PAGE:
After six months of exploring the concept of shunya or zero with deep research, Niki Hingad spent another six months working on her series, which is currently being showcased at Jehangir Art Gallery in Mumbai. That’s the way she likes it, “developing a concept first and then building the art work.”
While the coinage zero itself has an interesting history—the word zero is said to have come from the French zéro, borrowed from the Venetian zero, which in turn was taken from the Italian zefiro,derived from the Arabic sifr (nothing) — Hingad chose to call her collection Shunya, meaning void or empty in Sanskrit. Why? “Because zero was discovered in India, something we’re so proud of.”
It is common knowledge that Aryabhata discovered shunya, but not many are aware that his works were the origin of the modern decimal-based place value system and it took several centuries for zero to reach the West, from the East and Middle East.
Hossein Arsham, faculty at University of Baltimore, in his paper Zero In Four Dimensions, observes that although in general usage zero denotes ‘not there’, meaning non-availability, it also has the quality of being ‘nothing’ or non-existence. Records show that it is this quality of zero that baffled ancient Greeks. They wondered, ‘How can nothing can be something?’, leading to philosophical and, in medieval times, religious arguments about the nature and existence of zero and the vacuum.
No wonder Arsham finds traces of discomfort with zero in the Western world even today. He observes, “in reciting one’s telephone number, social security number, postal zip code, room number...we carefully avoid pronouncing the digit ‘zero’ and instead substitute ‘oh’,” or that, “in some parts of the world, ‘naught’ and ‘aught’ are used but it is quite uncommon to hear ‘zero’.
Whereas, due to the positive connotations of ‘nothing’ in India-— where meditation as per Hindu philosophy is used to reach a state of nothingness and peace, or Buddhist nirvana, which refers to attainment of salvation by merging into the void of eternity as defined by Arsham—one won’t find Indians hesitate in saying, ‘ek shunya shunya’, if they have to narrate the police helpline number. Arsham observed a similar ease of use in Islamic culture too, “the Department of Mathematics’ building at the University of Zagreb in Croatia has floors numbered as -1, 0, 1, 2, and 3. This is a common practice in modern buildings in Spain and in the Spanish-speaking world such as Argentina. Their feeling of comfort with zero could be due to the fact that the Islamic culture had more influence in Spain than any other European countries.”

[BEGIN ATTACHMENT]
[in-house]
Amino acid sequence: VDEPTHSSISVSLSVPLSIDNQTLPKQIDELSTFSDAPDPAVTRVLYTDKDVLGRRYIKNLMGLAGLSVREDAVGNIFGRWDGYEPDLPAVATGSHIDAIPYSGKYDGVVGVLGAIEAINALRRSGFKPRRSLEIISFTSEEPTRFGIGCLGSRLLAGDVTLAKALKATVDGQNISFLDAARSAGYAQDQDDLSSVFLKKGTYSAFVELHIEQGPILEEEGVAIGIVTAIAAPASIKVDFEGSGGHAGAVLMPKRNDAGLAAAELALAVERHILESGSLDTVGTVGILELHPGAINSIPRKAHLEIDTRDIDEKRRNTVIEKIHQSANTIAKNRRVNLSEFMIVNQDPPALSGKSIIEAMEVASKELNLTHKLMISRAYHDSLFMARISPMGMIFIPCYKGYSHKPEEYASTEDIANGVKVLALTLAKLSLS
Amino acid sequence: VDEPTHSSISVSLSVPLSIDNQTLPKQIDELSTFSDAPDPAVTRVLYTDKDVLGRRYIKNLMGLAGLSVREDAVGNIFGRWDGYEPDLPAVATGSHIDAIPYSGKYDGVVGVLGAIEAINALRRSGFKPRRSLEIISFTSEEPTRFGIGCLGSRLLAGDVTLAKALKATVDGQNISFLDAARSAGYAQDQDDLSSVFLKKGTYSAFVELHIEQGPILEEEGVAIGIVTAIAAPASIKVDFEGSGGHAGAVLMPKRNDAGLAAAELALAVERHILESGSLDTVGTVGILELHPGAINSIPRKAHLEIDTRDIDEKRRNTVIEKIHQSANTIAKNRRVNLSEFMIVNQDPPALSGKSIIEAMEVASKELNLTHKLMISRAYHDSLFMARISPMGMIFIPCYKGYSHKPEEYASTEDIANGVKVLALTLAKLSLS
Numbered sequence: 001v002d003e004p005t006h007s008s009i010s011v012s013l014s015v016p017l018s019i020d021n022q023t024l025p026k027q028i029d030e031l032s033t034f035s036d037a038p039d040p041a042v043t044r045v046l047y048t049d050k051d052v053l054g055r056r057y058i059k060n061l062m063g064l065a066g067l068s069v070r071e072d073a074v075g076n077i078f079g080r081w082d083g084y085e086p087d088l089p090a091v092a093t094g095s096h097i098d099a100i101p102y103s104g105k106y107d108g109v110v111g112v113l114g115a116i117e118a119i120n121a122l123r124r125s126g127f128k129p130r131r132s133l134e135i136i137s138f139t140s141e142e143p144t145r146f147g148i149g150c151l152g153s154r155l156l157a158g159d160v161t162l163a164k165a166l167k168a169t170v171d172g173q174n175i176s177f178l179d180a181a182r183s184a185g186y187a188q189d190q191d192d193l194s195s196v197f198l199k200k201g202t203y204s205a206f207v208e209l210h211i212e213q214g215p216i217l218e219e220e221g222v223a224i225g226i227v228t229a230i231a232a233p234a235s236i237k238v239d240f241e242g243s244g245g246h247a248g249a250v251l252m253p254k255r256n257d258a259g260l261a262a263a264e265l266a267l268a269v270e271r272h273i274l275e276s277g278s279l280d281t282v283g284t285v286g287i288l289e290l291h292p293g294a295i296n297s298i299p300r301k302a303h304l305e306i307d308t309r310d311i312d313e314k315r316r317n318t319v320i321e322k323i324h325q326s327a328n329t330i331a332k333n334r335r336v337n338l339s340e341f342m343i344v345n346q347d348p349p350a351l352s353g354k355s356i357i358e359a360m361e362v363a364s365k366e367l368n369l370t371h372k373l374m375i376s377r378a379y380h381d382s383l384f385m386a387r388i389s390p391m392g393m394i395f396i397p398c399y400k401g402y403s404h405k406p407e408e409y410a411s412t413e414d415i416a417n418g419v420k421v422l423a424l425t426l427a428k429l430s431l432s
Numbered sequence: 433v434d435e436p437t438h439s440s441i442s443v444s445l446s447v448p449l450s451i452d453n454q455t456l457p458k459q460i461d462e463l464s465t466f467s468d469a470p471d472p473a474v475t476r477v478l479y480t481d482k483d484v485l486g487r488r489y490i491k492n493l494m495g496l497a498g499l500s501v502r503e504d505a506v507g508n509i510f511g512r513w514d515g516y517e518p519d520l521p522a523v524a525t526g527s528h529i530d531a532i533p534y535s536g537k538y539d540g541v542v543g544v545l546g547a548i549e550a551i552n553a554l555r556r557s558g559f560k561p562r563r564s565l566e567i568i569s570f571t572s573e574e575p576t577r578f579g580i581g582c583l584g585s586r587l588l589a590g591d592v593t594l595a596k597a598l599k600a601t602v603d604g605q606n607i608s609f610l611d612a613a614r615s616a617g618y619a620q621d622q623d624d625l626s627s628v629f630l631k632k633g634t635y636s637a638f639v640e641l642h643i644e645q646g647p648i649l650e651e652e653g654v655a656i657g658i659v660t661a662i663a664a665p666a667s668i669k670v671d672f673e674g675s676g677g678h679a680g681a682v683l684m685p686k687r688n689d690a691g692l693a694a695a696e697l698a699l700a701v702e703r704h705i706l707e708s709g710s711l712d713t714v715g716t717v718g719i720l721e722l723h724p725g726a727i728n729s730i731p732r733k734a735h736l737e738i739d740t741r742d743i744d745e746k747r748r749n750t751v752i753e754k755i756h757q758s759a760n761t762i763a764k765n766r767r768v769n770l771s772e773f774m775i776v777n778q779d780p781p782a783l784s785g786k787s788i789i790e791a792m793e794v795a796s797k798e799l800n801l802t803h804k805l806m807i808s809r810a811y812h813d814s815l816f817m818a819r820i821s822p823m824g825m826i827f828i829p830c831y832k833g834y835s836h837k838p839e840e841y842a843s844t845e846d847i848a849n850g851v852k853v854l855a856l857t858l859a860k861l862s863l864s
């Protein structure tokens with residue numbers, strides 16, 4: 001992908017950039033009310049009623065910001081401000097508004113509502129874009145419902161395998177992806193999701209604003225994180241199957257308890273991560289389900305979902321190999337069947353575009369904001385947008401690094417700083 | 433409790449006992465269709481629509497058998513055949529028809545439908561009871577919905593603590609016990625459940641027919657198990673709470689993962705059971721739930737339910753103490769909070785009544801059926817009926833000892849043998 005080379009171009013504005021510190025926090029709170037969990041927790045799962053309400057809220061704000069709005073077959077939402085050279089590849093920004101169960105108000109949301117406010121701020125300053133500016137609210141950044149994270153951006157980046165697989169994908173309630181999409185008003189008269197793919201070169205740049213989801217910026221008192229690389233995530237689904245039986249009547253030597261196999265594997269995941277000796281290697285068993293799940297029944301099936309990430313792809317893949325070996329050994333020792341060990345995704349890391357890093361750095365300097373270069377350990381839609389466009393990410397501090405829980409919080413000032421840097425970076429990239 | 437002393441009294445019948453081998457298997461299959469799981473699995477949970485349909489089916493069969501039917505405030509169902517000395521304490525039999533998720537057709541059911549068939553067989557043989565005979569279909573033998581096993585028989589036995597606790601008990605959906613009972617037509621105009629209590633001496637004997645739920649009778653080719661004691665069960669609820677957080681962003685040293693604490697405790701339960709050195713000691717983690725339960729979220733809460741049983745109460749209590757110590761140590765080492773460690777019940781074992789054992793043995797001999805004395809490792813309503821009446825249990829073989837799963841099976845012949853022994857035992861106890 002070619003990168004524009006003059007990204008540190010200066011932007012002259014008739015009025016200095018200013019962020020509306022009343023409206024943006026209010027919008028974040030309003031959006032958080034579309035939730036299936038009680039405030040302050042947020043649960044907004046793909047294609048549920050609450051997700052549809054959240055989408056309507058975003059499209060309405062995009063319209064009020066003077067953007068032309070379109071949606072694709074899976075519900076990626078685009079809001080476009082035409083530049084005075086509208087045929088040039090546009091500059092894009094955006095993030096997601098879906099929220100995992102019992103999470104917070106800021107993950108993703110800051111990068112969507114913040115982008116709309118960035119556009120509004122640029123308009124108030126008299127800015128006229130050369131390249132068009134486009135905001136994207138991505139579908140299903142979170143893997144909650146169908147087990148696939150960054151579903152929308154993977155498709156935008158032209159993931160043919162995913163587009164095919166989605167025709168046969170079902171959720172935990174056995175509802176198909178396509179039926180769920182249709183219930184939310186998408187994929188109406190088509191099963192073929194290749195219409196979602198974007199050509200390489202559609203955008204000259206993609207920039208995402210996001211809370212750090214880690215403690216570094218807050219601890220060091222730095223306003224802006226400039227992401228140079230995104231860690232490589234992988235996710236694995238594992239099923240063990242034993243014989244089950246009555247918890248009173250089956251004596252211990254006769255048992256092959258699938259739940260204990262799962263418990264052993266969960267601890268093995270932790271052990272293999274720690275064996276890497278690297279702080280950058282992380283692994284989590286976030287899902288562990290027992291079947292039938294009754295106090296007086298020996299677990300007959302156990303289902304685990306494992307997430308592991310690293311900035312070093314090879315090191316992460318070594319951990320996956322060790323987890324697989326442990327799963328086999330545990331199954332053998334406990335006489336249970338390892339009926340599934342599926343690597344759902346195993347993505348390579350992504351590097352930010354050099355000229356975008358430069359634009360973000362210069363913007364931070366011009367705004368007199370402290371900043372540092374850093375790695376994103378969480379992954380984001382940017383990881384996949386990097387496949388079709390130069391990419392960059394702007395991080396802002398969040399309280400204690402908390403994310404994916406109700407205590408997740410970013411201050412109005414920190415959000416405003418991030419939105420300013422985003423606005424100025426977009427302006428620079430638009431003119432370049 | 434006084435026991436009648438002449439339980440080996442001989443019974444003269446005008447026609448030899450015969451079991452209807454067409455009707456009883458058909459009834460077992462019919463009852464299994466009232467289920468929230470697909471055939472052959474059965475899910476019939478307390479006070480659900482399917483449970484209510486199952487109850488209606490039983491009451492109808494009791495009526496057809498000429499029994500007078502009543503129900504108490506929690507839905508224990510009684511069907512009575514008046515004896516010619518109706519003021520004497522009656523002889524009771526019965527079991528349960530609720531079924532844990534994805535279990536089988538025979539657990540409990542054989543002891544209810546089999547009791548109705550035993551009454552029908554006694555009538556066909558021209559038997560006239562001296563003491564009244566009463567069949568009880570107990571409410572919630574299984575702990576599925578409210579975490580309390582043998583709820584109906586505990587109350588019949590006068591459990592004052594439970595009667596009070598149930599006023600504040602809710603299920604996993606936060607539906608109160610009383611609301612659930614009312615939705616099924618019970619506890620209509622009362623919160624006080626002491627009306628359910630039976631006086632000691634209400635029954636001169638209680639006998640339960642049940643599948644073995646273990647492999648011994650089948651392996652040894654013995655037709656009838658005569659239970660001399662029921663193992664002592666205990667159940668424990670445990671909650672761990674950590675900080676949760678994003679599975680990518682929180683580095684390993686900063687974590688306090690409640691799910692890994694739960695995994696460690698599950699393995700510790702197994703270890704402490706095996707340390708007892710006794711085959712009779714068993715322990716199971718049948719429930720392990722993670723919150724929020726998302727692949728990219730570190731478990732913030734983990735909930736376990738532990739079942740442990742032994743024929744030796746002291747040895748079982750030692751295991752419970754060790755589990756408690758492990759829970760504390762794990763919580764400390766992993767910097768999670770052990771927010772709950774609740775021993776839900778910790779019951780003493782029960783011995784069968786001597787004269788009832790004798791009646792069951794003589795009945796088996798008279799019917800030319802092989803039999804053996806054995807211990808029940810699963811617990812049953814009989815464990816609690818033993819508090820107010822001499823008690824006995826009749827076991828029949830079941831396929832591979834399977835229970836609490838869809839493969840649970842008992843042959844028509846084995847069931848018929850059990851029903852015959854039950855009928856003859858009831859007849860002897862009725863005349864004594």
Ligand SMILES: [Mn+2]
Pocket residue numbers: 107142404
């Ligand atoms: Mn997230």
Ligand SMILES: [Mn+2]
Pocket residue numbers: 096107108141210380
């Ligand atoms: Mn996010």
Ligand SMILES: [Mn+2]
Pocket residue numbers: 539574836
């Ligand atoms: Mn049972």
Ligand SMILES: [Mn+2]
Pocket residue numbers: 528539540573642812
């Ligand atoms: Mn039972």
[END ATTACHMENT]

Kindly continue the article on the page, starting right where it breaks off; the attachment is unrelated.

Interestingly, the importance of zero in Buddism is what inspired Hingad’s theme, Shunya. “I waited for an idea to strike me for months, and came up with nothing. As I tried to decipher this ‘nothing’ or zero, a friend introduced me to shunyata in Buddism. That’s how it started. I discovered, zero is so amazing and yet so subtle.” She has depicted this duality by using pale white arches paper, raw pencil strokes, greys and dull shades of other colours to show the subtle side, and bold red of pastel crayons to show zero’s importance. In order to represent its historicity she has used symbols of Prakrit, the oldest Indian script, in the entire series. Unlike many artists who believe that visuals should alone speak for themselves, Hingad had no qualms in using words as part of the art work.
How did the journey of zero change her? “Everyone I spoke to could relate to zero. Sitara Devi told me, ‘nach ke har mudra me shunya hai’, a banker friend said ‘writing two zeroes next to one gives you hundred’ and so on. For art I can say, every drawing starts with a beej or bindu. Personally, delving deeper into the meaning of zero has helped me accept myself.”
Mulling over zero after leaving Jehangir Art Gallery, and trying to answer the Greek question 'How nothing can be something?' I realised the beauty of zero too. To me zero means having an open mind, so that you can absorb everything life has to offer. To achieve such a feat would surely be something, no? Go ahead, think about what it means to you.